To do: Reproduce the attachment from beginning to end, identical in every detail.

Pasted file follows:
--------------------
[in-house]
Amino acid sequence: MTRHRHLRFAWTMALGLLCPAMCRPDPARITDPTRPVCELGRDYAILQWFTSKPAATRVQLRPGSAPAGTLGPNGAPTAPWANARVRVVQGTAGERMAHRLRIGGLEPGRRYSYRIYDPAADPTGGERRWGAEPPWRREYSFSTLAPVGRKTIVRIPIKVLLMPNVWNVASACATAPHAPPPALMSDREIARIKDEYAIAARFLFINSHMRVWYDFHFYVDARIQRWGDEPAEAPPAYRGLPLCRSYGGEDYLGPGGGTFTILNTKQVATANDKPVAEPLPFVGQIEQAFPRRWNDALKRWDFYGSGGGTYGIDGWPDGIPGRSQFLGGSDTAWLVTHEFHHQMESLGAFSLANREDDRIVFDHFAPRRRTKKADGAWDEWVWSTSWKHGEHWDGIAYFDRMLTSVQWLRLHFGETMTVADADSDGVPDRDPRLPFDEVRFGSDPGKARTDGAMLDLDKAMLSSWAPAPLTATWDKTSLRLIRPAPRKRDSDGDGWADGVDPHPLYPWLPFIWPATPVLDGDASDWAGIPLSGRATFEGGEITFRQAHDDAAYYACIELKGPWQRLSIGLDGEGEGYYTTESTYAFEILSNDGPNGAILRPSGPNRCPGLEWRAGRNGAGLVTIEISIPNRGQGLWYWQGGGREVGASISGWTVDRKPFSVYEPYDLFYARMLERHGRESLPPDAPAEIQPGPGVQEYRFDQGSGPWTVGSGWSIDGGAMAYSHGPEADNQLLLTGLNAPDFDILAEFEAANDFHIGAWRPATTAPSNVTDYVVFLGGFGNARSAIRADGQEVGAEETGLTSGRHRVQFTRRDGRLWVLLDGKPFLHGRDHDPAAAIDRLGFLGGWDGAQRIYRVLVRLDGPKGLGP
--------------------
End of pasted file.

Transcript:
[in-house]
Amino acid sequence: MTRHRHLRFAWTMALGLLCPAMCRPDPARITDPTRPVCELGRDYAILQWFTSKPAATRVQLRPGSAPAGTLGPNGAPTAPWANARVRVVQGTAGERMAHRLRIGGLEPGRRYSYRIYDPAADPTGGERRWGAEPPWRREYSFSTLAPVGRKTIVRIPIKVLLMPNVWNVASACATAPHAPPPALMSDREIARIKDEYAIAARFLFINSHMRVWYDFHFYVDARIQRWGDEPAEAPPAYRGLPLCRSYGGEDYLGPGGGTFTILNTKQVATANDKPVAEPLPFVGQIEQAFPRRWNDALKRWDFYGSGGGTYGIDGWPDGIPGRSQFLGGSDTAWLVTHEFHHQMESLGAFSLANREDDRIVFDHFAPRRRTKKADGAWDEWVWSTSWKHGEHWDGIAYFDRMLTSVQWLRLHFGETMTVADADSDGVPDRDPRLPFDEVRFGSDPGKARTDGAMLDLDKAMLSSWAPAPLTATWDKTSLRLIRPAPRKRDSDGDGWADGVDPHPLYPWLPFIWPATPVLDGDASDWAGIPLSGRATFEGGEITFRQAHDDAAYYACIELKGPWQRLSIGLDGEGEGYYTTESTYAFEILSNDGPNGAILRPSGPNRCPGLEWRAGRNGAGLVTIEISIPNRGQGLWYWQGGGREVGASISGWTVDRKPFSVYEPYDLFYARMLERHGRESLPPDAPAEIQPGPGVQEYRFDQGSGPWTVGSGWSIDGGAMAYSHGPEADNQLLLTGLNAPDFDILAEFEAANDFHIGAWRPATTAPSNVTDYVVFLGGFGNARSAIRADGQEVGAEETGLTSGRHRVQFTRRDGRLWVLLDGKPFLHGRDHDPAAAIDRLGFLGGWDGAQRIYRVLVRLDGPKGLGP